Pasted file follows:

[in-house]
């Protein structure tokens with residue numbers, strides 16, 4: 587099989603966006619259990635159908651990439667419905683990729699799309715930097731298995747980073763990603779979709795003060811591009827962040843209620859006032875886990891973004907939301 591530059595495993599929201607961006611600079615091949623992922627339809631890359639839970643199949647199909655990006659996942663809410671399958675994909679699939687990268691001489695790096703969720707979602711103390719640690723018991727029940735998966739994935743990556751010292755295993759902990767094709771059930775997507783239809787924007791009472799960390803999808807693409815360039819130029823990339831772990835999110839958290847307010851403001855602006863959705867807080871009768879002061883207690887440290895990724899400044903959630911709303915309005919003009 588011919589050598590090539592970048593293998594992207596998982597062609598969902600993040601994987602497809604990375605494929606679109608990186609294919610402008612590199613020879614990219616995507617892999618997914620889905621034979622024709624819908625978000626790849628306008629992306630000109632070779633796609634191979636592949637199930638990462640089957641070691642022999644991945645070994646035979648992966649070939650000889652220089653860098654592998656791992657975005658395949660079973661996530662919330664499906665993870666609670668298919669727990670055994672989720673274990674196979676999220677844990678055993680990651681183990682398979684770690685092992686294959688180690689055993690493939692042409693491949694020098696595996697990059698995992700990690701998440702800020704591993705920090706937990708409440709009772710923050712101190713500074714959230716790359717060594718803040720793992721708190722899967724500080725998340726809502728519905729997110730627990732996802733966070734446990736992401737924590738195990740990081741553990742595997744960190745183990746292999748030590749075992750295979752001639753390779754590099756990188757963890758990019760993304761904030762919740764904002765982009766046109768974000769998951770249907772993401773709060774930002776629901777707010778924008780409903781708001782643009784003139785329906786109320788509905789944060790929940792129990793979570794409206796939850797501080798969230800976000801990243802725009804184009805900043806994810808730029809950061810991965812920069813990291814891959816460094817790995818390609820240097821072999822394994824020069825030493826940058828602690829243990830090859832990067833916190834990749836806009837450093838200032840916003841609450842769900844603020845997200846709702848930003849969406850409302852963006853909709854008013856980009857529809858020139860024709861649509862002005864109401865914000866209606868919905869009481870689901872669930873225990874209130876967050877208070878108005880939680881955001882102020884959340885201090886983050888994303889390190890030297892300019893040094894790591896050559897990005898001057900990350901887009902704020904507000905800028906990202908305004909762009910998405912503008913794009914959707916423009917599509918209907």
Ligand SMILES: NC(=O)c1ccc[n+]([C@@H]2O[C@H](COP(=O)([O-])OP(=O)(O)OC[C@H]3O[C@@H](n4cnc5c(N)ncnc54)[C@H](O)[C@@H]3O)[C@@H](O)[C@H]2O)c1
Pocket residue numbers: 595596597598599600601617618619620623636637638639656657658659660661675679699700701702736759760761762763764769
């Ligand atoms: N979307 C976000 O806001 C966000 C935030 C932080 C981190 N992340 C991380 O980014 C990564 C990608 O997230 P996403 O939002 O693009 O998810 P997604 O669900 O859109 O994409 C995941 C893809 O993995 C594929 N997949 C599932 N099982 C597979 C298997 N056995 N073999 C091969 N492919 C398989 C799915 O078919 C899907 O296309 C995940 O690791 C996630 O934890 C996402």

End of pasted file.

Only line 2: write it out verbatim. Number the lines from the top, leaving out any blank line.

């Protein structure tokens with residue numbers, strides 16, 4: 587099989603966006619259990635159908651990439667419905683990729699799309715930097731298995747980073763990603779979709795003060811591009827962040843209620859006032875886990891973004907939301 591530059595495993599929201607961006611600079615091949623992922627339809631890359639839970643199949647199909655990006659996942663809410671399958675994909679699939687990268691001489695790096703969720707979602711103390719640690723018991727029940735998966739994935743990556751010292755295993759902990767094709771059930775997507783239809787924007791009472799960390803999808807693409815360039819130029823990339831772990835999110839958290847307010851403001855602006863959705867807080871009768879002061883207690887440290895990724899400044903959630911709303915309005919003009 588011919589050598590090539592970048593293998594992207596998982597062609598969902600993040601994987602497809604990375605494929606679109608990186609294919610402008612590199613020879614990219616995507617892999618997914620889905621034979622024709624819908625978000626790849628306008629992306630000109632070779633796609634191979636592949637199930638990462640089957641070691642022999644991945645070994646035979648992966649070939650000889652220089653860098654592998656791992657975005658395949660079973661996530662919330664499906665993870666609670668298919669727990670055994672989720673274990674196979676999220677844990678055993680990651681183990682398979684770690685092992686294959688180690689055993690493939692042409693491949694020098696595996697990059698995992700990690701998440702800020704591993705920090706937990708409440709009772710923050712101190713500074714959230716790359717060594718803040720793992721708190722899967724500080725998340726809502728519905729997110730627990732996802733966070734446990736992401737924590738195990740990081741553990742595997744960190745183990746292999748030590749075992750295979752001639753390779754590099756990188757963890758990019760993304761904030762919740764904002765982009766046109768974000769998951770249907772993401773709060774930002776629901777707010778924008780409903781708001782643009784003139785329906786109320788509905789944060790929940792129990793979570794409206796939850797501080798969230800976000801990243802725009804184009805900043806994810808730029809950061810991965812920069813990291814891959816460094817790995818390609820240097821072999822394994824020069825030493826940058828602690829243990830090859832990067833916190834990749836806009837450093838200032840916003841609450842769900844603020845997200846709702848930003849969406850409302852963006853909709854008013856980009857529809858020139860024709861649509862002005864109401865914000866209606868919905869009481870689901872669930873225990874209130876967050877208070878108005880939680881955001882102020884959340885201090886983050888994303889390190890030297892300019893040094894790591896050559897990005898001057900990350901887009902704020904507000905800028906990202908305004909762009910998405912503008913794009914959707916423009917599509918209907």